|Publication number||US1761051 A|
|Publication date||Jun 3, 1930|
|Filing date||Jan 30, 1929|
|Priority date||Jan 30, 1929|
|Publication number||US 1761051 A, US 1761051A, US-A-1761051, US1761051 A, US1761051A|
|Inventors||Wilfrid J Rivard|
|Original Assignee||Wilfrid J Rivard|
|Export Citation||BiBTeX, EndNote, RefMan|
|Referenced by (7), Classifications (5)|
|External Links: USPTO, USPTO Assignment, Espacenet|
June 3, 1930. J, RNARD 1,761,051
DECKLING MACHINE Filed Jan. 30, 1929 IL IEJJ 4 INVENTOR.
Patented June 3, 1930 oFFicE WILFRID J. RIVABJ), F FEEDTNG HILLS, MASSACHUSETTS VDEOKLING MACHINE Application filed January 30, 1929. Serial No. 336,235.
This invention relates to machines adapted'to produce deckle edges on paper during the course of its manufacture. One object of the invention is to provide a machine which will produce deckle edges of great uniformity and superiority of appearance A further object is to provide a machine which will si multaneously cuta web of paper intostrips and deckle the edges of the strips so formed.
A further object is to provide a machine for producing deckle edges which will be much speedier in its adjustment to different widths of paper than has been the case with prior deckling devices A further object is to produce a machine of the character described which will be capable of ready application to existing paper making machines Referring to the drawings:
Y Fig. 1 is a diagrammatic side elevation of a '20 Fot'irdrinier machine having my invention applied thereto Fig. 2 is an end elevation thereof, taken on slightly larger scale and looking from the left in Fig. 1;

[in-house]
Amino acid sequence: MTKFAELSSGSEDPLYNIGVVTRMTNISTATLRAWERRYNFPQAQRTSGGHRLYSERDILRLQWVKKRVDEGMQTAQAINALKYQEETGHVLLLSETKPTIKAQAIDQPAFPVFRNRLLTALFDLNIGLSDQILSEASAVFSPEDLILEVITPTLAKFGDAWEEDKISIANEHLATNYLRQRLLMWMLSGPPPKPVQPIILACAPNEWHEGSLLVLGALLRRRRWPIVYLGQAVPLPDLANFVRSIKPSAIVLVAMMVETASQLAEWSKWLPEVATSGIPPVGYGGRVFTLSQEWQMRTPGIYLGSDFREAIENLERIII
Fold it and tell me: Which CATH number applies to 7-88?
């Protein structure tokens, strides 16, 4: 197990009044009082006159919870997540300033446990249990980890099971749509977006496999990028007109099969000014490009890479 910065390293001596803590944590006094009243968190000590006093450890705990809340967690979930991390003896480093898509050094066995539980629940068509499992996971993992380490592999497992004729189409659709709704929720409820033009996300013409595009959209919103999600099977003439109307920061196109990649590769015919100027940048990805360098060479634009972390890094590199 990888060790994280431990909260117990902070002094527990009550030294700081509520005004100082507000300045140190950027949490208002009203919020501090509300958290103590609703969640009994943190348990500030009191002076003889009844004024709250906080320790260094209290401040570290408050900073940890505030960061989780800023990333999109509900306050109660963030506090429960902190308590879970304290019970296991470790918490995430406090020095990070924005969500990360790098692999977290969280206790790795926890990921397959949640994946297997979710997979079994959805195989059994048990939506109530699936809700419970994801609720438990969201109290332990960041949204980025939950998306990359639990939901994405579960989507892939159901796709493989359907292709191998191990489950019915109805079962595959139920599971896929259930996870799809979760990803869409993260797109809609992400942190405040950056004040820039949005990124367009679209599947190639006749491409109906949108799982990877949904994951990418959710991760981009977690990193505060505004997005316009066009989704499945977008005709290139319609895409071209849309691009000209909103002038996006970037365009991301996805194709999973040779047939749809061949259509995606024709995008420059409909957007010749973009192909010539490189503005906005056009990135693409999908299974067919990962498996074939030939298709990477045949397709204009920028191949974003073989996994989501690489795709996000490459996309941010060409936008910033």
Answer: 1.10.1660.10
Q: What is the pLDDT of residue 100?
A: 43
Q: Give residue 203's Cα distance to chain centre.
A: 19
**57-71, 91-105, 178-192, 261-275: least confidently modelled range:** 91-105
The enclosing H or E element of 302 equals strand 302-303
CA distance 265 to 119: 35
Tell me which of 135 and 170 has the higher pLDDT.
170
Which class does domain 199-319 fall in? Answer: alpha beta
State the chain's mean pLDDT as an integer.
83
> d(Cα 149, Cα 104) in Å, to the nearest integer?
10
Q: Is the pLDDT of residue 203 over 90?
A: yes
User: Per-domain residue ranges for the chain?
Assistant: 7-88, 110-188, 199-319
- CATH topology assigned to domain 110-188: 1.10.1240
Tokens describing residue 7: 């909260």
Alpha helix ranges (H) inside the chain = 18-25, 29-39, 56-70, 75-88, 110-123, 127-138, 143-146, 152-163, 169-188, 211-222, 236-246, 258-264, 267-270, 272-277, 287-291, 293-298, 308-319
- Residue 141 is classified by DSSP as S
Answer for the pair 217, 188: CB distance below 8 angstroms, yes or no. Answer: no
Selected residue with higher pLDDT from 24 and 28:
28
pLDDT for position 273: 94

Fig. 3 is an enlarged view of a deckling roll;
Figs. 4, 5 and 6 are sectional views, taken on line 4t of Fig. 3 and illustrating various shapes which may be adopted for the deckling rolls; and
Fig. 7 is a diagrammatic elevation on an enlarged scale showing the action of the deckling rolls. 7
In Fig. 1, I have indicated a conventional form of Fourdrinier paper making machine in order to illustrate to better advantage the manner in which my improvement operates. The Fourdrinier wire is shown at 10, receiving the paper stock in the customary manner and passing with the deposited sheet of paper between rolls 11. By this time the paper web has been partially consolidated and has acquired suflicient strength to su port its weight. The web to is almost immediately picked up by an endless felt 12 and is carried through a second pair of press rolls 13. Ultimately leaving this felt, the web passes around guide rolls 14 and 15 and is picked up by a second endless felt 16 which carries it between still a third pair of press rolls 17. From this point the web passes to drying and calendering rolls which do not affect the employment of my invention and which therefore need not be described.